DAYTON, Ohio (WDTN) — Ed Snoddy had his share of uncertain destinations during the Korean and Vietnam Wars.

“I had no idea what I was going to walk in to.”

Yet this retired Senior Master Sergeant isn’t talking about enemy fire but rather something that for decades was unknown to him.

“This is the thanks they never got,” says Al Bailey, President of Honor Flight Dayton, “Waiting 50 years to be thanked for their service.”

When Snoddy and his fellow vets came home from war, they were, at best, ignored or forgotten, far from a hero’s welcome.

Bailey, a Vietnam War veteran himself, says that changed in 2005. That’s when Earl Morris rallied local pilots to take twelve World War II veterans, free of charge, to Washington.

According to Bailey, “Those vets came back and were extremely happy to be able to see their memorial, so what do they do? They tell their buddies what a great trip this was, so they asked, ‘How do I get signed up?'”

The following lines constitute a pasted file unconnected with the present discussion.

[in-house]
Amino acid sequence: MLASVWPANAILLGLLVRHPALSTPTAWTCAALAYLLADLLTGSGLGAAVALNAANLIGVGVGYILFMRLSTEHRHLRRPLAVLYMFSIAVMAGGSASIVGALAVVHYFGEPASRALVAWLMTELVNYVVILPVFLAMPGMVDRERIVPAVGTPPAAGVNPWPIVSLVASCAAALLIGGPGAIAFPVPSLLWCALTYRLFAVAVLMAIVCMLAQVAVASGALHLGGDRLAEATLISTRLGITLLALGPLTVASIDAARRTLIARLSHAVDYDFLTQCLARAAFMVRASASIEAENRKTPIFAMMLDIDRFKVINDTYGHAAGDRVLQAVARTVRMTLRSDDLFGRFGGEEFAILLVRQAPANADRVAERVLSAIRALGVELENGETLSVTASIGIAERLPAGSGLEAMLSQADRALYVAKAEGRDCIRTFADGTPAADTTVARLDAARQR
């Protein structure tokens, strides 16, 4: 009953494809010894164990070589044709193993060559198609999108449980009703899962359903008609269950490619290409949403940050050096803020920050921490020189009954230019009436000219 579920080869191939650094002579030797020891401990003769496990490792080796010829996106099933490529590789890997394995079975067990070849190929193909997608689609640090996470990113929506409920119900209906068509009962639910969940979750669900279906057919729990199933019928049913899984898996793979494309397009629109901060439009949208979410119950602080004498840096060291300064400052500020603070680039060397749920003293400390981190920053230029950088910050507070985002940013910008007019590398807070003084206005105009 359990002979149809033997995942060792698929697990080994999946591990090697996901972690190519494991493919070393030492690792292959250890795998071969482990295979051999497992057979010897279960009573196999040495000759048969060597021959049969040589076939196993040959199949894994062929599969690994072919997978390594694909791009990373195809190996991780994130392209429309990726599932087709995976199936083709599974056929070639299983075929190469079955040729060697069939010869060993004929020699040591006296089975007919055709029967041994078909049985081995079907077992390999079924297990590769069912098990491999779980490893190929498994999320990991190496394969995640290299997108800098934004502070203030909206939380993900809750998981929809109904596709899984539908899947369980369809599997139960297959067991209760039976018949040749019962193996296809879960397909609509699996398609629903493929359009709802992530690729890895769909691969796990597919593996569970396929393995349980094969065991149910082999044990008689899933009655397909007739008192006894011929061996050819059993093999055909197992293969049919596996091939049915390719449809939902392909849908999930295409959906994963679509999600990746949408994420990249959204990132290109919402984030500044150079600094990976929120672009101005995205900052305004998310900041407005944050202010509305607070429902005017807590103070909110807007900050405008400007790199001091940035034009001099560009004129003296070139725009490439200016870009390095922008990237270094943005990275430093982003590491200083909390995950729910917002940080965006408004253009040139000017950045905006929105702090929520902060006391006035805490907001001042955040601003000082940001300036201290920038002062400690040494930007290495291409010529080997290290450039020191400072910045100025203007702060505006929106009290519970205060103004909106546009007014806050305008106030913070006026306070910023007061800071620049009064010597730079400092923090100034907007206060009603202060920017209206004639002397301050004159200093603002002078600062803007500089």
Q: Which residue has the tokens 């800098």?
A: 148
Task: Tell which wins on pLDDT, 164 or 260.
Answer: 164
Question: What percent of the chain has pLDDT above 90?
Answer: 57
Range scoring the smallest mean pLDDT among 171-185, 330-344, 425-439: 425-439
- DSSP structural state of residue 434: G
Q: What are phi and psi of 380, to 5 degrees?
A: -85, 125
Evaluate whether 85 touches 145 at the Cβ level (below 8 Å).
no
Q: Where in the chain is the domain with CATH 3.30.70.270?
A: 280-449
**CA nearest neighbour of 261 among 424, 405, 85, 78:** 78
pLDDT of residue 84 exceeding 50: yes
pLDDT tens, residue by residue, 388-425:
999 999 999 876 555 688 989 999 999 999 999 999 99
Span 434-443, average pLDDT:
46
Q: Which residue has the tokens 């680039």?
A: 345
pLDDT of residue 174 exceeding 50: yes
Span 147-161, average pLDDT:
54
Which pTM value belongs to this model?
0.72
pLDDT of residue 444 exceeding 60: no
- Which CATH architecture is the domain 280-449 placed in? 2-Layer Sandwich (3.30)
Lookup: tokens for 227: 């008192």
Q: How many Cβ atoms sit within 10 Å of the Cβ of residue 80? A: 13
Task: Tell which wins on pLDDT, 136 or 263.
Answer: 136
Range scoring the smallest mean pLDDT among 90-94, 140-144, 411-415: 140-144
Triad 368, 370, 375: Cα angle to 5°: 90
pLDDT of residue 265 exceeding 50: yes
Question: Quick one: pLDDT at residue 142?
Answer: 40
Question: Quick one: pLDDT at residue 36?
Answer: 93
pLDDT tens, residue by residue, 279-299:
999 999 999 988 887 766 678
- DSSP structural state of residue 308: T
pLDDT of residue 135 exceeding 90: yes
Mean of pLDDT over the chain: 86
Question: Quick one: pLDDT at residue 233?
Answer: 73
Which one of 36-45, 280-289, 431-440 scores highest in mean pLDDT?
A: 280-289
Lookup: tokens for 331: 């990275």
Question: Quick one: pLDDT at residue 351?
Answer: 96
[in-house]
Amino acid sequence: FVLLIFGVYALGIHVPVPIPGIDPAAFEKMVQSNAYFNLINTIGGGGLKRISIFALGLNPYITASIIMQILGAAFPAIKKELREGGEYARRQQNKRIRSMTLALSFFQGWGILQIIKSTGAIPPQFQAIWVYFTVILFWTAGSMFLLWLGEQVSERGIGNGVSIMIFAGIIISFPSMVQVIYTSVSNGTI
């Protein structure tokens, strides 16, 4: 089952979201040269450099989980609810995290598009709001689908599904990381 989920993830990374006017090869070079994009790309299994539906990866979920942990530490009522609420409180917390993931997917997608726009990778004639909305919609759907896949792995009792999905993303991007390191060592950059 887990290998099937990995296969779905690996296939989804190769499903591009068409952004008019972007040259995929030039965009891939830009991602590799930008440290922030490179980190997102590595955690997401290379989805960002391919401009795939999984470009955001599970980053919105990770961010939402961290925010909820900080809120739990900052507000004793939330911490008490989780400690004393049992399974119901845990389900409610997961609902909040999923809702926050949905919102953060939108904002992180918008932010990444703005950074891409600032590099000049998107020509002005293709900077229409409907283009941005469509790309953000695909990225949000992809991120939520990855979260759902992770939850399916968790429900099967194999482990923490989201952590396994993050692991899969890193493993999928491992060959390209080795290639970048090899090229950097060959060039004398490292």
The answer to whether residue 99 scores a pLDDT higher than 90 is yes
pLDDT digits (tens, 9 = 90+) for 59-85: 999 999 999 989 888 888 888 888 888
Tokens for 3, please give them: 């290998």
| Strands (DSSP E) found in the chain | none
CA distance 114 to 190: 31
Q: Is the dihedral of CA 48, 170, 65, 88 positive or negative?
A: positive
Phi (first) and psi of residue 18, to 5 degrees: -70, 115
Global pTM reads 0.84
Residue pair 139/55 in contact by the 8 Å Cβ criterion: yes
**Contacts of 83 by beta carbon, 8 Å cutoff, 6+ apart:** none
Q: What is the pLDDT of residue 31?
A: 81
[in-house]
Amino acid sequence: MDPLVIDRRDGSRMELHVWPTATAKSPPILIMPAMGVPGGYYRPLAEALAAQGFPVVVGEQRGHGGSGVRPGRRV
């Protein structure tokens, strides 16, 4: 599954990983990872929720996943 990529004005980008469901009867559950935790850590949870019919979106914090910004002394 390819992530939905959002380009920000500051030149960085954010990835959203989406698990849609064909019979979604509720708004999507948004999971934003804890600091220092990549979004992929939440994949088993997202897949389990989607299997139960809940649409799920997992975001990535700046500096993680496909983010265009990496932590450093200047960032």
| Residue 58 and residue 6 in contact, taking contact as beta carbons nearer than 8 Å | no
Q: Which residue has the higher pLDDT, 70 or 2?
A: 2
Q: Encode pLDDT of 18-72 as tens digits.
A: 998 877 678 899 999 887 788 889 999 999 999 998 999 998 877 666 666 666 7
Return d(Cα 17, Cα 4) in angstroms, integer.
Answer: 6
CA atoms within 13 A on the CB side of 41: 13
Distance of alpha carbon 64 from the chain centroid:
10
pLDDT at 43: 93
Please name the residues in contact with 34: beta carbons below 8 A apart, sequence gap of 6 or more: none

With that, Honor Flight was born. It now spans 43 states and 140 hubs. Thousands of veterans have since made what is a personal trip, which includes a hero’s welcome in Washington and a favorite on the flight back home, mail call.

Bailey recalls a poignant moment several years ago. “This one Marine, when he opens his mail, he’s in tears. He says, ‘Could you help me read this?’ It starts off, ‘Dear, dad. I know we haven’t talked in 15-years, but I want you to know, you have always been my hero.'”

After an already emotional day, one final tug of the heart after touchdown in Dayton; a final and deserved “thank you.”

“To see my wife and grandchildren. It shakes you up,” says an emotional Snoddy. “You want to be strong, and yet there are tears coming down out of your eyes, right.”

Bailey says Honor Flight Dayton also sends two RV caravans a year to Washington, specifically for those veterans who, for one reason or another, can not or do not want to fly. To find out more information about the next Honor Flight or RV caravan, go to